I hear the cries of, "this is what they did to their victims, so they deserve it".
But in condemning someone to a brutal death, exacerbated by the mental torture of years on death row, we bring ourselves down to the level of the criminal - only societies crime is worse, because we have the capacity to stop the murder - and the state is worse still, because they do it for their own ends.

Nowhere else in the western world uses the death penalty except the USA.
The USA has one of the highest execution rates in the world.
The USA lags behind many African, South American, Middle Eastern and Far East countries in it's judicial process of execution i.e. it executes far more people.

Is this how the USA wants to be viewed by the rest of the world?

The report, 'The death penalty worldwide: developments in 2006', shows that at least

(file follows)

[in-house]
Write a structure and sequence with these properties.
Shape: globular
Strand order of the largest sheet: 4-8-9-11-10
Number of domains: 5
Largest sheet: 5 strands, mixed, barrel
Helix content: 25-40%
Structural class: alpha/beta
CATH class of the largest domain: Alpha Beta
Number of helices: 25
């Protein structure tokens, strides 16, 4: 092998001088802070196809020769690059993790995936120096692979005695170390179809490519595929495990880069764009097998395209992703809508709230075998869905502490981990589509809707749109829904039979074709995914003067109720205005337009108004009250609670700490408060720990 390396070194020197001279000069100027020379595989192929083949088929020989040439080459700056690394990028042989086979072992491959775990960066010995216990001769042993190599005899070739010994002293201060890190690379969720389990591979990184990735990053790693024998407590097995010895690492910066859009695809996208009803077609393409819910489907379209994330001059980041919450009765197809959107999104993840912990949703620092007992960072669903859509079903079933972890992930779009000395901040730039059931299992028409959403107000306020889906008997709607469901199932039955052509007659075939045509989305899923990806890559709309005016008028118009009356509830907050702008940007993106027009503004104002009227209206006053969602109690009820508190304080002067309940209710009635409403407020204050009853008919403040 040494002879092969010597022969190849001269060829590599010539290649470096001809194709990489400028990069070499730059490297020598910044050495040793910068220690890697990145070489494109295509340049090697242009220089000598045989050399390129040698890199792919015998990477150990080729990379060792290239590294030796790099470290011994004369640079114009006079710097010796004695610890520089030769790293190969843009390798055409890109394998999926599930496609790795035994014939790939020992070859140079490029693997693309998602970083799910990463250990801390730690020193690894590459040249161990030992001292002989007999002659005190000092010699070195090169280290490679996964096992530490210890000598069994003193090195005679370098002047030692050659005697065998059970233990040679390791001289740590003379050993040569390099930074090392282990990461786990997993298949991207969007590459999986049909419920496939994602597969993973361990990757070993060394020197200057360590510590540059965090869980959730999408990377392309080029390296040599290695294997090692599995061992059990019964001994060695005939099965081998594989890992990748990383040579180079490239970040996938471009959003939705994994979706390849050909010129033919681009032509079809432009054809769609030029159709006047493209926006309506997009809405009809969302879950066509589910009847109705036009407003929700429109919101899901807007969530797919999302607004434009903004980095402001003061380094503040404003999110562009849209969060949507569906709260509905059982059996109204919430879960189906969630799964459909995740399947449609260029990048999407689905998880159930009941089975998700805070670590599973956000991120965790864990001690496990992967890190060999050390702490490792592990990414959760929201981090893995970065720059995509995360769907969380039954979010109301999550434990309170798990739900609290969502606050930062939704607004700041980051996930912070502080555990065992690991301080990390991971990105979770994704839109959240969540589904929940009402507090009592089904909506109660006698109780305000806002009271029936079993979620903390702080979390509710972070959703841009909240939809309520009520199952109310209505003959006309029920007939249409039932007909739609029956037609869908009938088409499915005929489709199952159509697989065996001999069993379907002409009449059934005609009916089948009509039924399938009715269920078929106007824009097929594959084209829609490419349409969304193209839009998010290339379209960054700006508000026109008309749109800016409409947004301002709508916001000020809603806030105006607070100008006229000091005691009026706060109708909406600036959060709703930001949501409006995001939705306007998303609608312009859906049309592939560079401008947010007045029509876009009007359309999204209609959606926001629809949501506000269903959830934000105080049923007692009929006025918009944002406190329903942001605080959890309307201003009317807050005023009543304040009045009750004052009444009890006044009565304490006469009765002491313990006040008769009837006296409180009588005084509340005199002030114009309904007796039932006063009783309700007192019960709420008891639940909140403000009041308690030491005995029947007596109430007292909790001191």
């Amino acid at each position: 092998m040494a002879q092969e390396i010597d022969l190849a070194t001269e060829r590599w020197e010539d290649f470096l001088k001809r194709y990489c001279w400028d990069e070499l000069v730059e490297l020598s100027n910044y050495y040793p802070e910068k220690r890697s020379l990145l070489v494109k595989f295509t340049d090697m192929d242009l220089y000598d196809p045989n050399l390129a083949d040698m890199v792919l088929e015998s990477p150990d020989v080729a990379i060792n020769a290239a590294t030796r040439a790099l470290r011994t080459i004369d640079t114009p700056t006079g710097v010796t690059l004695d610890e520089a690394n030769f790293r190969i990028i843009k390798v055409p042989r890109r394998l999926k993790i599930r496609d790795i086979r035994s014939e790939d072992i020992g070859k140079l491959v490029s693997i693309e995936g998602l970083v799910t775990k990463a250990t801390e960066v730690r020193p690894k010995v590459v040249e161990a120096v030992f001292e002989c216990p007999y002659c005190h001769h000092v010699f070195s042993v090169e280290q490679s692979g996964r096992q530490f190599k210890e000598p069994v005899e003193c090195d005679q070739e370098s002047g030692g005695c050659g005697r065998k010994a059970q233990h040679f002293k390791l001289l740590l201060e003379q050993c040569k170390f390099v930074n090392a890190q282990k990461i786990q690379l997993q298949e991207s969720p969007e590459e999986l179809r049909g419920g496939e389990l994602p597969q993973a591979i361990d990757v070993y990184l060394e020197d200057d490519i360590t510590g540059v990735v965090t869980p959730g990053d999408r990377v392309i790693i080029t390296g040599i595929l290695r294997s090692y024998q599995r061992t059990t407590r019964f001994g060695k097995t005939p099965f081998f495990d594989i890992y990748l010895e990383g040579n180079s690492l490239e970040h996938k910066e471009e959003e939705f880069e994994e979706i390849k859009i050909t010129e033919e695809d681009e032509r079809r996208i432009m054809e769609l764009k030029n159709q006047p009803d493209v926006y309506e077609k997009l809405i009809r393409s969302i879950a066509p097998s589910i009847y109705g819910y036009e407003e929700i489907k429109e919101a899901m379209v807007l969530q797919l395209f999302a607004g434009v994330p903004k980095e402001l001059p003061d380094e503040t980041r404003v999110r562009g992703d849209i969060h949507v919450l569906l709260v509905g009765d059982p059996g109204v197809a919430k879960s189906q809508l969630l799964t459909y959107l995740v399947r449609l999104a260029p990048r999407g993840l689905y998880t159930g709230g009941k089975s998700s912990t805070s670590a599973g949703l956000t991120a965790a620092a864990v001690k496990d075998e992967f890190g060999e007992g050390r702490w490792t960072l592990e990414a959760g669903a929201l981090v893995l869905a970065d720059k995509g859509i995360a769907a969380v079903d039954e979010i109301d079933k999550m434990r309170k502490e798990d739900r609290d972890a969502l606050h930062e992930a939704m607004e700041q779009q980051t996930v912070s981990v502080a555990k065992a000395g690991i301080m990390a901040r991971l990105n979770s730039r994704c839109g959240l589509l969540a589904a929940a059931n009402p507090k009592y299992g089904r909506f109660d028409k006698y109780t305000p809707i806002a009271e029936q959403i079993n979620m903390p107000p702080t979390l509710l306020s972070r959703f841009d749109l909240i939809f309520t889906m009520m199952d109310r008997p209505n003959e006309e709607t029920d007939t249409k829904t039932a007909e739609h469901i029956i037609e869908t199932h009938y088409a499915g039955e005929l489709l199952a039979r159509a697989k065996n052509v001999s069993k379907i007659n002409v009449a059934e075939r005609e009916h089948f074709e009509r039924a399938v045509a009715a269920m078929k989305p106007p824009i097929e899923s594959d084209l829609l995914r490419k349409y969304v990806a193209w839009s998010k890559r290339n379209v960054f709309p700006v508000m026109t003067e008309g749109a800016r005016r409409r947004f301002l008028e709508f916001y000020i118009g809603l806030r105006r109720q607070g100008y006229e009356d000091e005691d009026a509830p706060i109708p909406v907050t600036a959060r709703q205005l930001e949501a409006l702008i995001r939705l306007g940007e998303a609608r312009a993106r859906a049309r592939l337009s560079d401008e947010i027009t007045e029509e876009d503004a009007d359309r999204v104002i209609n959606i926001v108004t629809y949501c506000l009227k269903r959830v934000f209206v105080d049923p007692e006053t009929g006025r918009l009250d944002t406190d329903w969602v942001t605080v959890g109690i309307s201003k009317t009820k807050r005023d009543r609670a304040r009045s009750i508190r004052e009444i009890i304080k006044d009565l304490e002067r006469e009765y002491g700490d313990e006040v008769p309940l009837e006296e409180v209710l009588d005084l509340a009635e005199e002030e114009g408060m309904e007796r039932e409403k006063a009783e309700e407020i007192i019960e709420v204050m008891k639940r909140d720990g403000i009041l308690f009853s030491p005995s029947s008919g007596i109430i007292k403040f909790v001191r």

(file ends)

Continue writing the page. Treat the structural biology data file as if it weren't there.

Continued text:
1,591 people were executed in 25 countries last year - the overwhelming majority in China (1,010), Iran (177), Pakistan (82), Iraq (65), Sudan (65) and the USA (53). These six countries alone accounted for 91% of all executions carried out in 2006.


The USA purports to be a civilized country, yet carries out more executions than all except 5 other nations.

The time for this kind of frontier justice has passed - it's time now for the death penalty to be abolished, because it is inhumane, it debases society, ti does nothing as a deterrent and it has become a political tool used to exploit the emotional nature of humans in seeking retribution rather than justice.



posted on Aug, 2 2007 @ 03:40 PM
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sorry logged on as Seagull but i'm not

[edit on 2-8-2007 by seagull]



posted on Aug, 2 2007 @ 11:31 PM